Allegheny Alumna From Pittsburgh Area Receives Fulbright Award
Allegheny College’s faculty helped Lauren Ottaviani ’18 nurture her knack for learning languages, for Shakespearean studies and for singing. Now they are celebrating Ottaviani’s Fulbright award to teach English in Belgium starting in the spring of 2020.
“Lauren will make an ideal Fulbright Scholar. Prodigiously bright, mature and responsible, she graduated summa cum laude from Allegheny in only three years, earning the English Department prize for best senior project and chairing the student Honor Committee at a time it undertook a review of its policies and practices,” says Jim Bulman, Henry B. and Patricia Bush Tippie Professor of English at Allegheny.
Ottaviani will be placed at the University of Antwerp, where she will teach and assist with English literature courses. “In addition to designing lessons for students, I will also be taking a course on Flemish to better understand the local language and culture,” says Ottaviani, who is from Zelienople, Pennsylvania.
She is currently in Great Britain attending Durham University, where she is pursuing a master’s degree in English literature. “I will be completing a dissertation on the formation of collective memory and its impact on female identity in Shakespeare’s first tetralogy and will be presenting my research at a medieval memory conference at the University of Basel this summer. I will move to Antwerp upon completing my degree in the fall,” says Ottaviani.
While at Allegheny, Ottaviani was involved with the choral program and was a member of the College Choir and Chamber Choir. She also participated in Opera Scenes and took voice lessons with Carol Niblock. She was on the Honor Committee and served as co-chair.
“In comparing my experiences as an undergraduate to those of my course-mates at Durham, I realized how much I benefited from the extended attention which Allegheny professors give to their students,” says Ottaviani, who was an English major and French studies minor at Allegheny. “The Allegheny English Department provided me with invaluable skills for my continued study of literature — both in my courses and during their office hours, my professors pushed me to deepen my analyses and sharpen my writing skills.”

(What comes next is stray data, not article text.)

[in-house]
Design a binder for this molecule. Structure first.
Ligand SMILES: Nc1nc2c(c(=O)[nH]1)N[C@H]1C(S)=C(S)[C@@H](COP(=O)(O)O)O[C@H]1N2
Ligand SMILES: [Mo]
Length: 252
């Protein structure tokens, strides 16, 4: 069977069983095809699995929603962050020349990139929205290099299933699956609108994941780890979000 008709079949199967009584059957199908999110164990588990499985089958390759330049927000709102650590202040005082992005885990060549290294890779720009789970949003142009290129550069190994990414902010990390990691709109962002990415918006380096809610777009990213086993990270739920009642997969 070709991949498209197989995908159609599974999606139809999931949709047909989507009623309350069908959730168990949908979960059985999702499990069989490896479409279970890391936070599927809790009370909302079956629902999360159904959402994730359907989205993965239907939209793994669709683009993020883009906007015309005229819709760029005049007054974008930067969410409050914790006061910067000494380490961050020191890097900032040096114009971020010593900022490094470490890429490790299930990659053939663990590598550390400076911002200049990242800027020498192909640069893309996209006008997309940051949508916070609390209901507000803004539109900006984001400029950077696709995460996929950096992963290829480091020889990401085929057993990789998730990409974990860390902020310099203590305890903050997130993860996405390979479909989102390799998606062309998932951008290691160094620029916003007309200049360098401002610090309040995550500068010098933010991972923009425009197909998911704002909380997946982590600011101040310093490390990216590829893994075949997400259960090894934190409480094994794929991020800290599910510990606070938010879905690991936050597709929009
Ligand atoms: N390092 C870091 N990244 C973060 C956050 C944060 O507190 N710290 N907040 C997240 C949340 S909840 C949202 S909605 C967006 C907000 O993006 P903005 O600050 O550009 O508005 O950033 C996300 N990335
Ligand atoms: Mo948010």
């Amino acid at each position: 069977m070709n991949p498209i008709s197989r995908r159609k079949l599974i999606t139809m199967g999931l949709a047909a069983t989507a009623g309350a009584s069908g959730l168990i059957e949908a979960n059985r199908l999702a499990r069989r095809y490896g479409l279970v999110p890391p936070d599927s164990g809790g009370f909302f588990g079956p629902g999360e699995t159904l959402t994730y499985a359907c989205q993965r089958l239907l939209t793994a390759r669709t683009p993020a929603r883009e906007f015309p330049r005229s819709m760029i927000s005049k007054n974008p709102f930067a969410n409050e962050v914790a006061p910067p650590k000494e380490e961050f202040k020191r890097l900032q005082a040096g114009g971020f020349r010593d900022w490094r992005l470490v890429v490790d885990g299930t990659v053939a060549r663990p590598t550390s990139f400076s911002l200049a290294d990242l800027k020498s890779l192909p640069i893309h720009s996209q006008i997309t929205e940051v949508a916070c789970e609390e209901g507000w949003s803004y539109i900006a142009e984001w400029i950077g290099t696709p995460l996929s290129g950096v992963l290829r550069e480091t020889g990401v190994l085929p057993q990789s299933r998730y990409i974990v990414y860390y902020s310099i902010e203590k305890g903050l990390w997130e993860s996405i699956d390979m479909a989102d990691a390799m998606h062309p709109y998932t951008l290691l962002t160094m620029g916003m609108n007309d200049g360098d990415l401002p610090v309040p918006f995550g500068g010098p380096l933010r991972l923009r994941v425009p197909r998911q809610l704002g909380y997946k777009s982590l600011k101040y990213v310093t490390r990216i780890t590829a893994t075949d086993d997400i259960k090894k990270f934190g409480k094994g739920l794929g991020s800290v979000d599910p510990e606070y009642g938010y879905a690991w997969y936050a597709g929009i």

Ottaviani says she enjoys being overseas. “A highlight of my Allegheny experience was my participation in choir, which helped me so much to grow both as a singer and as a person. My first trip abroad was with the Chamber Choir on our tour to New Zealand in 2017 — it’s fair to say that my interest in traveling internationally began with the Chamber Choir and the remarkable cultural insights we had together on tour,” she says.
“She clearly ranks among the top 10 students of the more than 4,000 I have taught during my 40 years,” says Professor Bulman.
Ottaviani is one of about 2,100 U.S. citizens who will study, conduct research and teach abroad for the 2019–2020 academic year through the Fulbright U.S. Student Program. Recipients of Fulbright awards are selected on the basis of academic and professional achievement, as well as their record of service and leadership potential in their respective fields.
The Fulbright Program is the U.S. government’s flagship international educational exchange program and is designed to build lasting connections between the people of the United States and the people of other countries. The Fulbright Program is funded through an annual appropriation made by the U.S. Congress to the U.S. Department of State. Participating governments and host institutions, corporations, and foundations around the world also provide direct and indirect support to the program, which operates in over 160 countries worldwide.